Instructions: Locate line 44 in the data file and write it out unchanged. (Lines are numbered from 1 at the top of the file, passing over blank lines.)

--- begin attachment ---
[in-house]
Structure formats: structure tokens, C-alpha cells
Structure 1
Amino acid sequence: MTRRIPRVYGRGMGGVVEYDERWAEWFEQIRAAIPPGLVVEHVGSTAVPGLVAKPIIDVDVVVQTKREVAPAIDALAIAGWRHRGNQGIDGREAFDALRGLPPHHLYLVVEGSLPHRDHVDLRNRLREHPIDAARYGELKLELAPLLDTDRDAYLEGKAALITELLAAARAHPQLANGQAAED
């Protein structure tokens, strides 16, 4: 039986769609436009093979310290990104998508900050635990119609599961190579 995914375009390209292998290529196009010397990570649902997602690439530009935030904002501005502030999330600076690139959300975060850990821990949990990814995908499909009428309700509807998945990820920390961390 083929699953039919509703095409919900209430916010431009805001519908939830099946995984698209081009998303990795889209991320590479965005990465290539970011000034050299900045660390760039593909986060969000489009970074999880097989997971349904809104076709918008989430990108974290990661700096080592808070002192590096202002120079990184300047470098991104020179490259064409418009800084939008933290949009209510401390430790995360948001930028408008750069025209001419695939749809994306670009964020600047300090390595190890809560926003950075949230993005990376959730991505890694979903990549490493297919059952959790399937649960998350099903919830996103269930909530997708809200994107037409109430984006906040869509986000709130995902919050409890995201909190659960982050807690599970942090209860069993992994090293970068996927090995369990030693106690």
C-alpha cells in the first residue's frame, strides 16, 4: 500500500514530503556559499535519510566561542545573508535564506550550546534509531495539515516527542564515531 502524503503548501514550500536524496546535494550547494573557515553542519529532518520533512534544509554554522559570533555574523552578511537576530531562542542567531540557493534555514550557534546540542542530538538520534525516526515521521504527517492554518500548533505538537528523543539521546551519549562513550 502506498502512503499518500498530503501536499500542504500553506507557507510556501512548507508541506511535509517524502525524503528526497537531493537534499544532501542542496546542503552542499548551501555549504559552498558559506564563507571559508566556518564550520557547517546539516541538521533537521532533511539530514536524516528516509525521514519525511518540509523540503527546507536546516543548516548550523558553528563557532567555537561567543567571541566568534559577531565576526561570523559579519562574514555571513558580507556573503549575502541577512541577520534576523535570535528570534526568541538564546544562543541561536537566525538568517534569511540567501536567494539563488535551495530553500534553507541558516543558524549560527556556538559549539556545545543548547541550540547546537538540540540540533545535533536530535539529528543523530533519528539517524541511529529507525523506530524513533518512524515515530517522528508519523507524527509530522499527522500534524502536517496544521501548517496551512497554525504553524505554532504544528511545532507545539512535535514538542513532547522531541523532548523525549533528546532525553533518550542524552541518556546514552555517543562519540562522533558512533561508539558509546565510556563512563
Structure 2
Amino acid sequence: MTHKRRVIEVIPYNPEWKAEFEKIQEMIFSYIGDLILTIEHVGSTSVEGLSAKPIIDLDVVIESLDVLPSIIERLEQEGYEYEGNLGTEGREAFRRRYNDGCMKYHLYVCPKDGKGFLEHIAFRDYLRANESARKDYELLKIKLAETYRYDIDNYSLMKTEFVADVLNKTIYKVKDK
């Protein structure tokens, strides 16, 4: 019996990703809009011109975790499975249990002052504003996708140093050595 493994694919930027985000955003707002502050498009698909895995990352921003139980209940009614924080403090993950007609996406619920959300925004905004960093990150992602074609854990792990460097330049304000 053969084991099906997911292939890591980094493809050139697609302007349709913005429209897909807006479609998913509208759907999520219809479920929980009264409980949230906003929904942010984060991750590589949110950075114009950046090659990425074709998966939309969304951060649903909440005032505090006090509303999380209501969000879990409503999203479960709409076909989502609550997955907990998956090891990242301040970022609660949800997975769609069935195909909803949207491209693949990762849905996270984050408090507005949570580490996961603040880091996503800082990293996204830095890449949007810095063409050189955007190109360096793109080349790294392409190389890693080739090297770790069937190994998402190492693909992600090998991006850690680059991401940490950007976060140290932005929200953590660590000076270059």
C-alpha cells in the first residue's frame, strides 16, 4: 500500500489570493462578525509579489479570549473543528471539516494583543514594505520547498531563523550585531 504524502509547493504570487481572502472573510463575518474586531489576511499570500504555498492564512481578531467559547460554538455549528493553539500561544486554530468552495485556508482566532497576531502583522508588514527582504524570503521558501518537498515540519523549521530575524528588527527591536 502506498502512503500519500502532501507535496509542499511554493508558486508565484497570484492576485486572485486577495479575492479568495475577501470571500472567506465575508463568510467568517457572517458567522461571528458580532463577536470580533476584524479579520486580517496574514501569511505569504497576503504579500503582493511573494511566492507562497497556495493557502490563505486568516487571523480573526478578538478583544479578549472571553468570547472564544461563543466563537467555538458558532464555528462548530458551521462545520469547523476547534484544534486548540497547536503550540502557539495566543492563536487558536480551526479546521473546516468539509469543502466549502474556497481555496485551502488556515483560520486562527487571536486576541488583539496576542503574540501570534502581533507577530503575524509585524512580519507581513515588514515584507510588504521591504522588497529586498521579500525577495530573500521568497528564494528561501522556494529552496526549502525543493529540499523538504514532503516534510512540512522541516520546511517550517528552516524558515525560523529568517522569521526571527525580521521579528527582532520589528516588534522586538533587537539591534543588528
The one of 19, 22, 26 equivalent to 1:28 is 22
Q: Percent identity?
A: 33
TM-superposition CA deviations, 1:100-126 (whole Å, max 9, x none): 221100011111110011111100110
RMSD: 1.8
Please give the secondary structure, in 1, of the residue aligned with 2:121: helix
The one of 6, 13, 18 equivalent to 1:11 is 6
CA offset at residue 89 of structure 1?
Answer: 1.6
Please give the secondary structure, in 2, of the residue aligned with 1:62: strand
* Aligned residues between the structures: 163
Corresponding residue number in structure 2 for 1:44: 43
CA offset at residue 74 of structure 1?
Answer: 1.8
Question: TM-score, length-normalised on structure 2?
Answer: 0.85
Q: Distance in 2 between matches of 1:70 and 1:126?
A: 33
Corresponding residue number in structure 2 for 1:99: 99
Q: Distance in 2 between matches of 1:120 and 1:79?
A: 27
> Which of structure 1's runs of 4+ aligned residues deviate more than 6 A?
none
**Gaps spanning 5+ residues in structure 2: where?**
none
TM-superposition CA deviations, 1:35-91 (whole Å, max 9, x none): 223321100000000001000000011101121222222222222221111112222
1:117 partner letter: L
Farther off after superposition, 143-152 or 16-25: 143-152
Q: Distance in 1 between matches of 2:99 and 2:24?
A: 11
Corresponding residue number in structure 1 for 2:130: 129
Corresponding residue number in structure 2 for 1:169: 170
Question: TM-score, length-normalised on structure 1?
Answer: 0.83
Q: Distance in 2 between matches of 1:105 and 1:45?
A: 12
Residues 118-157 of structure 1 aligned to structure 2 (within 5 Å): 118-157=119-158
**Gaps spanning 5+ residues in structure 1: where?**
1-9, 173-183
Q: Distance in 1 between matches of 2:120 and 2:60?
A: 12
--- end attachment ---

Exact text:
Answer: 0.83